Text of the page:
Automotive

Is it possible to do this in court?

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  • Feb 11th, 2009 12:11 pm
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Nov 27, 2006
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Jon Lai wrote:
Feb 9th, 2009 8:03 pm
I'm not 100% sure but this is how I have been told how it works.

The ticket you get has your conviction and a fine on it. The fine is written by the officer, it can be anything s/he desires (well, not really, but you know what I mean), s/he can lower it, which is the OP's case.

If and when you fight it, you are fighting for the conviction. The conviction carries a maximum penalty on it, which you are subject to. If you plead guilty after that, the fine may be reduced from the maximum. Doesn't make sense to me though, because if you are going to plead guilty anyways, might as well pay the reduced fines from the beginning and save the time going to court.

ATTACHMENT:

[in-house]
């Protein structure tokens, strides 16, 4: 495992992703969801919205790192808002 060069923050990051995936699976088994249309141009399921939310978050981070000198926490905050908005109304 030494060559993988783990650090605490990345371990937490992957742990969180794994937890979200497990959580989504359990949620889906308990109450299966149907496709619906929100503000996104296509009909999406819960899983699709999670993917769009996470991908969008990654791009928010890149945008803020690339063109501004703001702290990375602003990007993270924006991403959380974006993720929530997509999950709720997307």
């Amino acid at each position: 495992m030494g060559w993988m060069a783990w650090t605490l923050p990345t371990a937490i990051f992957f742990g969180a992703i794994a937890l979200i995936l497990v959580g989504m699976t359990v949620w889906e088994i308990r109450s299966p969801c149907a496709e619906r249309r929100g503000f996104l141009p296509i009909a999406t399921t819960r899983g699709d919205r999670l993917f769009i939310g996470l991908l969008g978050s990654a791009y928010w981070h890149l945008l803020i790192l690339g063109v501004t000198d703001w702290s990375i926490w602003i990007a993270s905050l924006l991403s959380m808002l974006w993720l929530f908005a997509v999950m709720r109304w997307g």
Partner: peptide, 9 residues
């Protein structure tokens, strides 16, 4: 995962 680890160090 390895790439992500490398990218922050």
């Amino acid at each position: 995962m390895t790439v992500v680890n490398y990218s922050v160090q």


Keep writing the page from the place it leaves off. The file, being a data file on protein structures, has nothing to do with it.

Basically the reduced fines is like a "settlement" in a sense.
First, you're not fighting a conviction, your fighting or defending a charge. It doesn't become a conviction until you're found guilty. The amount that the cop writes on the ticket is the set fine amount for whatever speed he's put you at + surcharge. If you are pleading guilty, it's either to the original charge in which case you'll pay the full amount that's written on the ticket, OR after making a plea deal with the prosecutor, you are pleading to a lesser charge (e.g. instead of 20k over that you were originally charged with, you agree to plead to 15k over) which carries with it a lower set fine and that's what you pay + surcharge. Also for each range of speeds there is a set amount of demerit points.